Revolving credit versus installment credit

 Should a business use both?

There are two types of credit available to businesses – revolving and installment – and both are valuable for different reasons and in different circumstances. To help you determine the best type of credit for your particular situation, let’s explore the differences between the two.

Revolving credit

Revolving credit involves an open-ended credit account that can be used at any time and for any purpose, up to a pre-set borrowing limit. While there’s a minimum payment required each month, payment amounts can vary and funds repaid are immediately available to be borrowed again.

Business credit cards and lines of credit are two of the most common forms of revolving credit.

“Revolving credit offers tremendous flexibility,” Rob Spicer, business advisor at BlueShore Financial, explains, “and if a company is strong financially and there is security backing the account, higher borrowing limits and lower interest rates may be available.”

Installment credit

Installment credit, on the other hand, involves funds borrowed for a set period of time (the term) that are repaid through scheduled, periodic payments – most often monthly. Typically based on an amortization schedule, installment loans involve the gradual reduction of the principal amount owed until full repayment is made and the credit agreement ends.

Spicer notes, “With installment credit, the funds repaid are not available to be borrowed again unless a new credit application is submitted and approved.”

The purpose of an installment loan is usually specified with the application. Because the risk to the lender may be less (the loan can be secured, at least in part, by the asset being acquired), interest rates may be lower.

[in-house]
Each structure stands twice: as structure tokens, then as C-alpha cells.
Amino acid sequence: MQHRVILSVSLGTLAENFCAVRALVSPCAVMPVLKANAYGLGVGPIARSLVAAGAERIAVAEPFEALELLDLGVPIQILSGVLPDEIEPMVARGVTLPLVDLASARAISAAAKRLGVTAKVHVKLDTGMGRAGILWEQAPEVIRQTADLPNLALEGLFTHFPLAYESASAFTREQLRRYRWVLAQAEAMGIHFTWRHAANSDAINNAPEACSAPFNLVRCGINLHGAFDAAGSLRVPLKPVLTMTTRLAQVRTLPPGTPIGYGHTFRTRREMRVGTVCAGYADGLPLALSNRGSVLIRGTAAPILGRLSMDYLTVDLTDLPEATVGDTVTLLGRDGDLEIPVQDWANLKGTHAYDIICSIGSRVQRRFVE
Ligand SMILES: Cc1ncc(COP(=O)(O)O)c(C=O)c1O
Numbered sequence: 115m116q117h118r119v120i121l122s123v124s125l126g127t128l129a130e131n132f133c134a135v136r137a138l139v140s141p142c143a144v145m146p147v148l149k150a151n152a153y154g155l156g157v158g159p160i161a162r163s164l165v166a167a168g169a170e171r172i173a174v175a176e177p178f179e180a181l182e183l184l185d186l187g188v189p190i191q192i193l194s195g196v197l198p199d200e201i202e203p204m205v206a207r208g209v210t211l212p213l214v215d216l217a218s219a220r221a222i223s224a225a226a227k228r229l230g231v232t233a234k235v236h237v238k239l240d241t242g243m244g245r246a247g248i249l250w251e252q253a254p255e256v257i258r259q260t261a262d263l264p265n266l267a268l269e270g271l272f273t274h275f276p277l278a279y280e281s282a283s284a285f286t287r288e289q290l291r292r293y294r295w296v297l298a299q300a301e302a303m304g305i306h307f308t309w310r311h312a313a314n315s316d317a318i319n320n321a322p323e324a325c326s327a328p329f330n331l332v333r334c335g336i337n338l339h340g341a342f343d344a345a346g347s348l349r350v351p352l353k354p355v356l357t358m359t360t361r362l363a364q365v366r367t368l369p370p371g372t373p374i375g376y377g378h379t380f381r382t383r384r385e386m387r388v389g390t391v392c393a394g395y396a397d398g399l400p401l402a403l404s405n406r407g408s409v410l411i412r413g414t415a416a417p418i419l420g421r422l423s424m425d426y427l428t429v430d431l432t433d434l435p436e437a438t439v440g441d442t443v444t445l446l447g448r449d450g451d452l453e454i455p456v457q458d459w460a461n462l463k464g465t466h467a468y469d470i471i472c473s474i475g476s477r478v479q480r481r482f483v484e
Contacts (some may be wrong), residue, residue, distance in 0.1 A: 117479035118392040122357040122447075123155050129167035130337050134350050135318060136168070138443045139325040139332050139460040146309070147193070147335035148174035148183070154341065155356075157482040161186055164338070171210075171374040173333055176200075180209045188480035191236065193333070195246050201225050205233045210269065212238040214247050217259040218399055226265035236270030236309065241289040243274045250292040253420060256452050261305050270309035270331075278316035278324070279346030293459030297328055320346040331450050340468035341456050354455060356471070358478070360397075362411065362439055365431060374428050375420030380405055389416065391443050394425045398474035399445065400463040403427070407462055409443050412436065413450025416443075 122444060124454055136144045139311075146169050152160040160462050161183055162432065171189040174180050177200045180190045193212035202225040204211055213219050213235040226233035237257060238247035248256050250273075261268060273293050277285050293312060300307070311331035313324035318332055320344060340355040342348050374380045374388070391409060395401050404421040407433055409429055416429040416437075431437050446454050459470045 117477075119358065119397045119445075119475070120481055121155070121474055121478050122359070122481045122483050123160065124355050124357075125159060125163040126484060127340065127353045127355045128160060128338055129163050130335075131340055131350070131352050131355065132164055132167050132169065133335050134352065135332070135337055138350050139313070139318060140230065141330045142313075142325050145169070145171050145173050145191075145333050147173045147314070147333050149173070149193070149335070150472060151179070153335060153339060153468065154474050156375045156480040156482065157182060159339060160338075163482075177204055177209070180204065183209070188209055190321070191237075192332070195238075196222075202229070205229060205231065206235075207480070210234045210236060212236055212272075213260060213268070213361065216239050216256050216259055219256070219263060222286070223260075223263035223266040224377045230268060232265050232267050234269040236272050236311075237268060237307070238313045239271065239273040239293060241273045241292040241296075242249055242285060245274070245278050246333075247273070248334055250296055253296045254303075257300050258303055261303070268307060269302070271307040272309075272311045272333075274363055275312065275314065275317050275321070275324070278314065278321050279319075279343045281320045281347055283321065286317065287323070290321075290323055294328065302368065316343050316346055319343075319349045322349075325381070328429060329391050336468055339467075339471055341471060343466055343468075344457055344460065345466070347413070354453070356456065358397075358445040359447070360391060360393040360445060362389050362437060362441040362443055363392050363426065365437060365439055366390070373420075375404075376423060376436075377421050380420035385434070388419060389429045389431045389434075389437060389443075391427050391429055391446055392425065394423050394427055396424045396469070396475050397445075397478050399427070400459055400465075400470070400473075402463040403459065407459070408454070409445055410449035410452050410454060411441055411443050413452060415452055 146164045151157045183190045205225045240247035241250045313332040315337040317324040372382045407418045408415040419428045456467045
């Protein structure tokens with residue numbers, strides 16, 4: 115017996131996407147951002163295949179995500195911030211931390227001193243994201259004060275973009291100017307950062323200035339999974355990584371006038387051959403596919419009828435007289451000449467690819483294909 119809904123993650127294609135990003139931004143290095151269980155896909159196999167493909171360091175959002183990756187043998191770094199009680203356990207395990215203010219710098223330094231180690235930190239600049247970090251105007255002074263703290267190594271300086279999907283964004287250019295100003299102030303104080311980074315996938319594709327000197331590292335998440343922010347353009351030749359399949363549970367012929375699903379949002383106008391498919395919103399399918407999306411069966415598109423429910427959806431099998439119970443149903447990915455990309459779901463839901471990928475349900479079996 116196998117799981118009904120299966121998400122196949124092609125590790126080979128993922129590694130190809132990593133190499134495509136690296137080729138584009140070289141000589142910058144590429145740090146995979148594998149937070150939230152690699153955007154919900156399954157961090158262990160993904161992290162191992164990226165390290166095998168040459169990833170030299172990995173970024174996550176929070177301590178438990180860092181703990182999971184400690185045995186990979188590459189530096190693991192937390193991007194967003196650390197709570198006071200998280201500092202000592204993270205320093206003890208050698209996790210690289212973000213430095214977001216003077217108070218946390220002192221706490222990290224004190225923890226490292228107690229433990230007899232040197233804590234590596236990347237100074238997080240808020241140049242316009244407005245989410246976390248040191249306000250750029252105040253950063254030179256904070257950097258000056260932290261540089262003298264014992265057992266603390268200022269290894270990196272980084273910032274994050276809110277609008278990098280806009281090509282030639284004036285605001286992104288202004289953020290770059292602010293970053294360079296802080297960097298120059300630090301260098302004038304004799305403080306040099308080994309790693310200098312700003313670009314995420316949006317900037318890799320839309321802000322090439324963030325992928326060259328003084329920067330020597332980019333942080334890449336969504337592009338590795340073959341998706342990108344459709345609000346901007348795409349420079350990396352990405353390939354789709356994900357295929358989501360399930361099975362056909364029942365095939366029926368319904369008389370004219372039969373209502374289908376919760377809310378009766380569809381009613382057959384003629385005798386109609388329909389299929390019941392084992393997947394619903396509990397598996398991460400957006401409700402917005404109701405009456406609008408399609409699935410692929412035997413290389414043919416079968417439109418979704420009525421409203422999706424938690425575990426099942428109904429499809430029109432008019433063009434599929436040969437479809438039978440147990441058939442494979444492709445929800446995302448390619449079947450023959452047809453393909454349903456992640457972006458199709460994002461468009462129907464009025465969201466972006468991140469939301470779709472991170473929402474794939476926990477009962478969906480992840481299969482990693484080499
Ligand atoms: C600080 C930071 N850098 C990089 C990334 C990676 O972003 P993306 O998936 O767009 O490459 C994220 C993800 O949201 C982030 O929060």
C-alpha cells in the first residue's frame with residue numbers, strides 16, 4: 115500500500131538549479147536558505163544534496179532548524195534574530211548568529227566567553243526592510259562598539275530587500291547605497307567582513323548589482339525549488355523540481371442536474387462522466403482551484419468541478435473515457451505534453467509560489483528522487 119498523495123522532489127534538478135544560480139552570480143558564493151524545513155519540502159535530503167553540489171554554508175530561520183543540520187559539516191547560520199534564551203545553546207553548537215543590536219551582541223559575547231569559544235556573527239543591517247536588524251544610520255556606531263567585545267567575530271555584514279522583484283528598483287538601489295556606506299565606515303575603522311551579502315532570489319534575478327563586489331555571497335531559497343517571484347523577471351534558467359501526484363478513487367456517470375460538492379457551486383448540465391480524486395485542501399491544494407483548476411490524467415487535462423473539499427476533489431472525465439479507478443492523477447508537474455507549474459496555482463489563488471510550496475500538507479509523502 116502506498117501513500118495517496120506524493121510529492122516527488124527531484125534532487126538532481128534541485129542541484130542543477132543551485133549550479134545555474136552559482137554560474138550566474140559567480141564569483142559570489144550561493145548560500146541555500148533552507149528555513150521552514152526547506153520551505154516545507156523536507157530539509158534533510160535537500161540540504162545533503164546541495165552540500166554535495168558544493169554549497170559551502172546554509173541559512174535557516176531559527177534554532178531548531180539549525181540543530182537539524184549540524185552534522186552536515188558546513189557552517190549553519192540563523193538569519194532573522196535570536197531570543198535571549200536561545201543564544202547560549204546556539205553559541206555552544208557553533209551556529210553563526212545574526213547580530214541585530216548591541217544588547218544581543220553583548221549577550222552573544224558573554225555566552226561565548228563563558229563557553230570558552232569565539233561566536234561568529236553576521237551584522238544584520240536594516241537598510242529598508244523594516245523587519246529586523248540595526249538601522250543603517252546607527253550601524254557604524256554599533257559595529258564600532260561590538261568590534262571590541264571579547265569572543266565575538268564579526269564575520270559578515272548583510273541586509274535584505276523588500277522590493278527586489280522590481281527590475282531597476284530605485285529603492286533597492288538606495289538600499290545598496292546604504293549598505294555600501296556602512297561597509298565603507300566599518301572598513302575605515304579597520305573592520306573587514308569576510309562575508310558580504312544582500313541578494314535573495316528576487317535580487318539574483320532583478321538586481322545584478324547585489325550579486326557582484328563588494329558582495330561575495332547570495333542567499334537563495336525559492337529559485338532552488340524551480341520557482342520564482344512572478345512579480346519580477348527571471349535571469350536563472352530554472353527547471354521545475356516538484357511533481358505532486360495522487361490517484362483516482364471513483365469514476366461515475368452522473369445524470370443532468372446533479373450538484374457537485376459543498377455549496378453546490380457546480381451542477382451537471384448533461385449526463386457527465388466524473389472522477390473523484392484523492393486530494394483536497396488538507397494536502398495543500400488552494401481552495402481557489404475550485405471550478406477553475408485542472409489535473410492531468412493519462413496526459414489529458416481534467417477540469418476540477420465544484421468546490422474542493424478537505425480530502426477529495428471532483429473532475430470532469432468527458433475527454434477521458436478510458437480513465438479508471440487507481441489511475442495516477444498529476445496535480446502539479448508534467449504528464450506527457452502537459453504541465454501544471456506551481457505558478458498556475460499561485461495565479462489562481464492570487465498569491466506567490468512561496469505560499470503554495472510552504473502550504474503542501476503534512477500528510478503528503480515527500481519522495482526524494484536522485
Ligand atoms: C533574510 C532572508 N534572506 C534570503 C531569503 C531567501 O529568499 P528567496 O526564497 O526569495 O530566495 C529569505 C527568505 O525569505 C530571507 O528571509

Common forms of installment credit include commercial mortgages and vehicle or equipment loans.

Secured versus unsecured credit

Secured credit is backed or secured by tangible assets, while unsecured credit is not.

“Both revolving and installment credit can be secured or unsecured depending on the financial strength of the company, the policies of the lender and the reason for the loan,” says Spicer. “Unsecured credit is much riskier for the lender and hence typically carries a higher interest rate.”

When a business should use these forms of credit

Because of its flexibility and the fact that it can be put in place (even if not used) and available immediately, businesses can effectively use revolving credit to provide working capital to help with business operations and cash-flow management. Running out of cash is detrimental to any business, and revolving credit can provide a short-term solution.

Credit cards can be used for smaller monthly expenses, while a revolving line of credit can help cover larger operating costs or unexpected situations while waiting for accounts receivable and other sales to be paid.

Installment credit is most often used for the acquisition of big-ticket items such as real estate, vehicles and other capital assets. Scheduled monthly payments make budgeting easier because you know how much your monthly payment will be and how long you have to make payments. With an installment loan the acquisition of more expensive items or better equipment can be made more affordable, leaving cash and revolving credit available for day-to-day operating requirements.

It’s important to remember that an installment loan usually involves an application and approval process once a decision is made to acquire an asset.

Get expert advice

“Depending on your situation and the financial strength of your company, revolving and installment credit can both be used to help manage and grow your business,” says Spicer. “It’s important to consult with your team of advisors, especially your financial business advisor, to help you decide on the best solution for your circumstances.”